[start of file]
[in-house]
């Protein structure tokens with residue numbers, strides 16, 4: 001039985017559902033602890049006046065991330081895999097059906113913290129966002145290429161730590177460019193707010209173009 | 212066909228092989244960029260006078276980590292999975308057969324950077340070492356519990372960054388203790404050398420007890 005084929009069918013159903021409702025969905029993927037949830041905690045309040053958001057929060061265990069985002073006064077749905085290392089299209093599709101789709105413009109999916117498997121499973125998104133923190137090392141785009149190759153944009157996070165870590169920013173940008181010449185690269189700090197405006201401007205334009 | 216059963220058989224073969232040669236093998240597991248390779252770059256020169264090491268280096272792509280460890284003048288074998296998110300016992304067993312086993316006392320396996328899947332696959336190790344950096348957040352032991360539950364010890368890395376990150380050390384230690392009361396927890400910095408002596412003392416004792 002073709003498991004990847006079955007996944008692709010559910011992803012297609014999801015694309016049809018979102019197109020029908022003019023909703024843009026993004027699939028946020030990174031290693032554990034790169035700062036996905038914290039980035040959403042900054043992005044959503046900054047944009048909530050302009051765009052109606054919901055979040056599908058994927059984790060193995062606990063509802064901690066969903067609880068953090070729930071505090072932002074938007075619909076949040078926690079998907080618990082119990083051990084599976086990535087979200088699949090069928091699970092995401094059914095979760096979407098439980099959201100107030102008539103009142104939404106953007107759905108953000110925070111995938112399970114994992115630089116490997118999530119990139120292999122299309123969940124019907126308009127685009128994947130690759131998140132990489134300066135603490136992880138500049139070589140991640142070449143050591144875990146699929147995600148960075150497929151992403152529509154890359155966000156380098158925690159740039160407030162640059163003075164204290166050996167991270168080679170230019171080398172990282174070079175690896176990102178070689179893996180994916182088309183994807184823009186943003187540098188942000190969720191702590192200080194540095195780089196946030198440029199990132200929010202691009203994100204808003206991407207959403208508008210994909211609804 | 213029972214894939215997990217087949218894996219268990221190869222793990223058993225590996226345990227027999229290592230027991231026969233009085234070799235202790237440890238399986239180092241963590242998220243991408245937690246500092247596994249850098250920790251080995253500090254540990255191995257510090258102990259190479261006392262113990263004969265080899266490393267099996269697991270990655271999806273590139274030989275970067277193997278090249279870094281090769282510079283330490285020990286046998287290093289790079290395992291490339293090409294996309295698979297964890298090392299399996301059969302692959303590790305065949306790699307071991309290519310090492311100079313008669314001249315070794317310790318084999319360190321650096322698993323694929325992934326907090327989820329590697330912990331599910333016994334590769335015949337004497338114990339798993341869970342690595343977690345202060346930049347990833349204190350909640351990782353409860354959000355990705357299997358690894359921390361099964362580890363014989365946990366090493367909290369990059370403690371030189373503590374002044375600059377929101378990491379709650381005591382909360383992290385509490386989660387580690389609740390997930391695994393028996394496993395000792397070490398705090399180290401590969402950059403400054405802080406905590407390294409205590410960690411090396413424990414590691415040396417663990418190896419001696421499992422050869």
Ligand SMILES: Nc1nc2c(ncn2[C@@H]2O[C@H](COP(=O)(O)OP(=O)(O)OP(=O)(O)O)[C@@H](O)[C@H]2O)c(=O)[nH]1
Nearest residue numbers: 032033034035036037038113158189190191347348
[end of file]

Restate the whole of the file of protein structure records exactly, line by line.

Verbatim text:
[in-house]
């Protein structure tokens with residue numbers, strides 16, 4: 001039985017559902033602890049006046065991330081895999097059906113913290129966002145290429161730590177460019193707010209173009 | 212066909228092989244960029260006078276980590292999975308057969324950077340070492356519990372960054388203790404050398420007890 005084929009069918013159903021409702025969905029993927037949830041905690045309040053958001057929060061265990069985002073006064077749905085290392089299209093599709101789709105413009109999916117498997121499973125998104133923190137090392141785009149190759153944009157996070165870590169920013173940008181010449185690269189700090197405006201401007205334009 | 216059963220058989224073969232040669236093998240597991248390779252770059256020169264090491268280096272792509280460890284003048288074998296998110300016992304067993312086993316006392320396996328899947332696959336190790344950096348957040352032991360539950364010890368890395376990150380050390384230690392009361396927890400910095408002596412003392416004792 002073709003498991004990847006079955007996944008692709010559910011992803012297609014999801015694309016049809018979102019197109020029908022003019023909703024843009026993004027699939028946020030990174031290693032554990034790169035700062036996905038914290039980035040959403042900054043992005044959503046900054047944009048909530050302009051765009052109606054919901055979040056599908058994927059984790060193995062606990063509802064901690066969903067609880068953090070729930071505090072932002074938007075619909076949040078926690079998907080618990082119990083051990084599976086990535087979200088699949090069928091699970092995401094059914095979760096979407098439980099959201100107030102008539103009142104939404106953007107759905108953000110925070111995938112399970114994992115630089116490997118999530119990139120292999122299309123969940124019907126308009127685009128994947130690759131998140132990489134300066135603490136992880138500049139070589140991640142070449143050591144875990146699929147995600148960075150497929151992403152529509154890359155966000156380098158925690159740039160407030162640059163003075164204290166050996167991270168080679170230019171080398172990282174070079175690896176990102178070689179893996180994916182088309183994807184823009186943003187540098188942000190969720191702590192200080194540095195780089196946030198440029199990132200929010202691009203994100204808003206991407207959403208508008210994909211609804 | 213029972214894939215997990217087949218894996219268990221190869222793990223058993225590996226345990227027999229290592230027991231026969233009085234070799235202790237440890238399986239180092241963590242998220243991408245937690246500092247596994249850098250920790251080995253500090254540990255191995257510090258102990259190479261006392262113990263004969265080899266490393267099996269697991270990655271999806273590139274030989275970067277193997278090249279870094281090769282510079283330490285020990286046998287290093289790079290395992291490339293090409294996309295698979297964890298090392299399996301059969302692959303590790305065949306790699307071991309290519310090492311100079313008669314001249315070794317310790318084999319360190321650096322698993323694929325992934326907090327989820329590697330912990331599910333016994334590769335015949337004497338114990339798993341869970342690595343977690345202060346930049347990833349204190350909640351990782353409860354959000355990705357299997358690894359921390361099964362580890363014989365946990366090493367909290369990059370403690371030189373503590374002044375600059377929101378990491379709650381005591382909360383992290385509490386989660387580690389609740390997930391695994393028996394496993395000792397070490398705090399180290401590969402950059403400054405802080406905590407390294409205590410960690411090396413424990414590691415040396417663990418190896419001696421499992422050869």
Ligand SMILES: Nc1nc2c(ncn2[C@@H]2O[C@H](COP(=O)(O)OP(=O)(O)OP(=O)(O)O)[C@@H](O)[C@H]2O)c(=O)[nH]1
Nearest residue numbers: 032033034035036037038113158189190191347348